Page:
News
Ports of Auckland working with coastal shipping to help keep South Island supplied
Ports of Auckland working to help keep South Island supplied

Freight demand on New Zealand’s busiest domestic sea route, Auckland to Christchurch, has doubled following the massive Kaikoura Earthquake on Monday.

Ports of Auckland will be pulling out all the stops to ensure that people in Christchurch and affected areas in the Upper South Island have continuous access to the things they need.

Chief Executive Tony Gibson said “While the sudden increase in freight does put pressure on us, we will do everything we can to make sure the goods get through as quickly as possible.  We are working closely with Pacifica, NZ’s domestic coastal shipping operator, and participating international lines.  South Island goods are our top priority.”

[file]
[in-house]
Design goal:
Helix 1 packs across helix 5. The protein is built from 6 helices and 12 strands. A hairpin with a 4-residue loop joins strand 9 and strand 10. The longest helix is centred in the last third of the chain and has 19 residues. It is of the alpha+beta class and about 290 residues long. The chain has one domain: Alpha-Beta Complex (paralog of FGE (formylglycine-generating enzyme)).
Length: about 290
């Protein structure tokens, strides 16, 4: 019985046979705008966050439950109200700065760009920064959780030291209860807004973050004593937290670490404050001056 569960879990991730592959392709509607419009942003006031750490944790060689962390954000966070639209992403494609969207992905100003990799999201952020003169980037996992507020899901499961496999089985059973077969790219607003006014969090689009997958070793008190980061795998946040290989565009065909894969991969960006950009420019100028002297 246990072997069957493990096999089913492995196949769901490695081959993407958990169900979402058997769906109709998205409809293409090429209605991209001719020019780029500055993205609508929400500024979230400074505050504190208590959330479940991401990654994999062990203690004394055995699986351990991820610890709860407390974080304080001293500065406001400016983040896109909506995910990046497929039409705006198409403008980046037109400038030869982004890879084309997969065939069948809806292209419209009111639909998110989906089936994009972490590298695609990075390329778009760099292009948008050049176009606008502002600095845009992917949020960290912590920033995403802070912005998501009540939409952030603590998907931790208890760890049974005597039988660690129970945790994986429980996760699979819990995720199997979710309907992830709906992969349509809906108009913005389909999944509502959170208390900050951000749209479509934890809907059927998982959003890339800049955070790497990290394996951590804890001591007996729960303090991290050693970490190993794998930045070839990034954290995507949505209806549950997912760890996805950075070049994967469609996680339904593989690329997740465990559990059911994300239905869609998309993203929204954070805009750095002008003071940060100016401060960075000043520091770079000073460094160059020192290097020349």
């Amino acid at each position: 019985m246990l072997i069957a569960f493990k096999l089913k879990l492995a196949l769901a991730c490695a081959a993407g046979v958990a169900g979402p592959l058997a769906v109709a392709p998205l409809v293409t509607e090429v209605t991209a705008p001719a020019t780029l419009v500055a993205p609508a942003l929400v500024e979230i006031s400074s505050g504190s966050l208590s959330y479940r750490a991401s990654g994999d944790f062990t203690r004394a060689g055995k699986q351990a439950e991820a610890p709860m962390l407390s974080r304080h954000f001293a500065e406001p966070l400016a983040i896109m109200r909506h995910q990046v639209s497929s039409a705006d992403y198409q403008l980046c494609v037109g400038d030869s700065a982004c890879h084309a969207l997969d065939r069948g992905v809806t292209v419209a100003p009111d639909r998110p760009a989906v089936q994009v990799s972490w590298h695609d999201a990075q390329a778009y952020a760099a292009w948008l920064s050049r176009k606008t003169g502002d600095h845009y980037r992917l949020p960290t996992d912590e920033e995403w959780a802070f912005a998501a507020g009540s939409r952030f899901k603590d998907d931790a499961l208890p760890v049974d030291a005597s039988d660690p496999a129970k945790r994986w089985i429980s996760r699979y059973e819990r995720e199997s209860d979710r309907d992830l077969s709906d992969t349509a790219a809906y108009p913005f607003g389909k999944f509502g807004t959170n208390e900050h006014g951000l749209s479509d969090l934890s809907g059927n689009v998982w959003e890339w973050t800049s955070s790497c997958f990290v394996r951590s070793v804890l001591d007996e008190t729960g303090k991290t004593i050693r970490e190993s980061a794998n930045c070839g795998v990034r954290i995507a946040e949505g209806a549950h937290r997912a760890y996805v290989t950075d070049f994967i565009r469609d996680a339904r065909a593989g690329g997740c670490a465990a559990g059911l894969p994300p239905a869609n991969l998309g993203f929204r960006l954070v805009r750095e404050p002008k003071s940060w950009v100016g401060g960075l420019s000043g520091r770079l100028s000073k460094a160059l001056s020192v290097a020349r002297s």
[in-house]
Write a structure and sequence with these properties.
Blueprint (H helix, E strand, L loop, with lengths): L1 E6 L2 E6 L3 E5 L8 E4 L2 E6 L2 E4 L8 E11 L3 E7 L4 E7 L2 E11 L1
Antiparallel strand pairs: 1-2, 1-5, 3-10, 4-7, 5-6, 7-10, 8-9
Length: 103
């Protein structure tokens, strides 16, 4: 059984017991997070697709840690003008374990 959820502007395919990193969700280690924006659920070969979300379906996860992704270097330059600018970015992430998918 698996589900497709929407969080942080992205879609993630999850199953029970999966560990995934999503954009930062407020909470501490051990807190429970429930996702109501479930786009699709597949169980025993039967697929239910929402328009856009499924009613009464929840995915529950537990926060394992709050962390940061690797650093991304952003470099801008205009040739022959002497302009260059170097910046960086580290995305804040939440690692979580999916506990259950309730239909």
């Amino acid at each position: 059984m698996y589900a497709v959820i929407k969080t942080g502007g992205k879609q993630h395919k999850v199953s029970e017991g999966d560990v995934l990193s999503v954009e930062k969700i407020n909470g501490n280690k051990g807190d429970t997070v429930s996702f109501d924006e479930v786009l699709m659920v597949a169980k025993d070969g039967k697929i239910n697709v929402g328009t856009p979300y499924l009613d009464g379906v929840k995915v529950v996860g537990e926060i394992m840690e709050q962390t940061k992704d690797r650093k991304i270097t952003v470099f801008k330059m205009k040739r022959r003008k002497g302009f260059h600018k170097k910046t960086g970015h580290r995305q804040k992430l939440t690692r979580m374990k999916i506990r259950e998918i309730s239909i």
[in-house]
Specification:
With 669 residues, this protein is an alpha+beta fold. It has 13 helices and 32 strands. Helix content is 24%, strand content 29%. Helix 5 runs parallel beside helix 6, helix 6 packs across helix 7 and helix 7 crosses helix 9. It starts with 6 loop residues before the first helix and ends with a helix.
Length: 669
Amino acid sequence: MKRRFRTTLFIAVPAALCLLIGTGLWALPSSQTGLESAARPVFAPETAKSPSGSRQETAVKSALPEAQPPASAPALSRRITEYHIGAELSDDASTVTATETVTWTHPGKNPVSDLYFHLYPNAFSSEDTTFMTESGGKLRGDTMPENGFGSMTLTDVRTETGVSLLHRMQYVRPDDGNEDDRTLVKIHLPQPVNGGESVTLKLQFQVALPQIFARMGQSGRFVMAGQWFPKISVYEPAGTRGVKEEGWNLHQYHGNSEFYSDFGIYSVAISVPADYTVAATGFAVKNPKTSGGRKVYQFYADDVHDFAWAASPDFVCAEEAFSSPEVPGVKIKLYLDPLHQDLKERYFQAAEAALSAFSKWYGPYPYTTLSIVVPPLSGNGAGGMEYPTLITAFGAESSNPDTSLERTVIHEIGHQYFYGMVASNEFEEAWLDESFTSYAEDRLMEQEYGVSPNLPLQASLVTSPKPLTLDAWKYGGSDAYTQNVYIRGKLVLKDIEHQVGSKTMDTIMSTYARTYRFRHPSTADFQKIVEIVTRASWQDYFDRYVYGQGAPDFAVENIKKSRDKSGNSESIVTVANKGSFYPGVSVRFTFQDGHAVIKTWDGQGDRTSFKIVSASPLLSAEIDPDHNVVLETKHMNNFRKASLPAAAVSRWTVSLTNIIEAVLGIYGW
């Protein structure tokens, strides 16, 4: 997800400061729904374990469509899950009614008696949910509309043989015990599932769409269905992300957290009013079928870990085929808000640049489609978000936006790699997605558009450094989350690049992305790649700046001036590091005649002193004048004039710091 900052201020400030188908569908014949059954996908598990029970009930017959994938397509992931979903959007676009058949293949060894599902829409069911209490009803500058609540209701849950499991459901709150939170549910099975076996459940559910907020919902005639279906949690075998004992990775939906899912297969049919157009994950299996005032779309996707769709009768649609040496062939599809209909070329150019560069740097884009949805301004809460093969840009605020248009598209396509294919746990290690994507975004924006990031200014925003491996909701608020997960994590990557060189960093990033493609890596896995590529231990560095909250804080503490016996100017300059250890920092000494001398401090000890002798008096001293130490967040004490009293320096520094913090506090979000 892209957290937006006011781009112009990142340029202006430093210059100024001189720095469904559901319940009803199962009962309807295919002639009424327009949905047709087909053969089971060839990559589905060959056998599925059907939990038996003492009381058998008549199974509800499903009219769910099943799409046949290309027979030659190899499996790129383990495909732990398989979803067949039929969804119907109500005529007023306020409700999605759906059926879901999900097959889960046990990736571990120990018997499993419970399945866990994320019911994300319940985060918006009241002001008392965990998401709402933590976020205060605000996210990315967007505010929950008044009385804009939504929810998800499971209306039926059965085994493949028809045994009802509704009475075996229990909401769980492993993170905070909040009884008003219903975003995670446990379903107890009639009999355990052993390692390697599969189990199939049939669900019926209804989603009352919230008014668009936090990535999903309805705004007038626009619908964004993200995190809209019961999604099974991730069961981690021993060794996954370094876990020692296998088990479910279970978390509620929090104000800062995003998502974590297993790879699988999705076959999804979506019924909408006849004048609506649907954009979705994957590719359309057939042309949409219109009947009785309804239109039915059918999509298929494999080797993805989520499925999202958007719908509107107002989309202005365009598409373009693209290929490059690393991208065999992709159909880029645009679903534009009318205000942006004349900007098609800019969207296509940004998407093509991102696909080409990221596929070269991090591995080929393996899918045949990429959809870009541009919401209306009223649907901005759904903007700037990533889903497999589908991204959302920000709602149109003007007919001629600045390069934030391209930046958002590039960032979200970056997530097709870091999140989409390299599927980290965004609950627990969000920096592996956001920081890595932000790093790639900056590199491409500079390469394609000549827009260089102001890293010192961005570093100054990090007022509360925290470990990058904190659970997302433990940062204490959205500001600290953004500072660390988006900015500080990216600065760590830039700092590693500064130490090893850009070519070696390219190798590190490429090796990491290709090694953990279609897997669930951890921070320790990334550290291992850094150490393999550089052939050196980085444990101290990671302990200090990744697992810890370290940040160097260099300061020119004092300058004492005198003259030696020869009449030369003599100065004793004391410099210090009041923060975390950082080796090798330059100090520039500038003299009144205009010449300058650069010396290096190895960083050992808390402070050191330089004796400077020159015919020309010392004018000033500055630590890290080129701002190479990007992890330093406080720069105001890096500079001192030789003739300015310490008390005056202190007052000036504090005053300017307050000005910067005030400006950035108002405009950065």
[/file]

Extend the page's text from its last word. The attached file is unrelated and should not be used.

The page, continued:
“It is only a small thing, but we are pleased to be able to help where we can,” he added.

Steve Chapman, CEO of Pacifica said “The supply chain is open and the shelves will remain well stocked because coastal shipping is taking up the task previously carried out by road and rail.  With the main road and rail links likely to be closed for months, we expect to be run off our feet, but we are well up to the challenge.”

Tomorrow morning, Thursday 17 November, Pacifica’s coastal container ship ‘Spirit of Canterbury’ will be in Auckland loading containers for Lyttelton.

There are five weekly services between Auckland and Lyttelton operated by domestic and international lines, with ample capacity to serve the current level of demand and more.

Related Articles
AI a commercial venture for Auckland University
AI a commercial venture for Auckland University
Artificial Intelligence company Soul Machines was officially launched this week after...
The Society of Women Engineers
Rockwell Automation recognised by SWE
The Society of Women Engineers (SWE) recognised the Rockwell Automation Insider...
Engineering the world - Ove Arup and the philosophy of total design 
Engineering the world - Ove Arup and the philosophy of total design 
In its first major retrospective on both Ove Arup and engineering more broadly, London’s...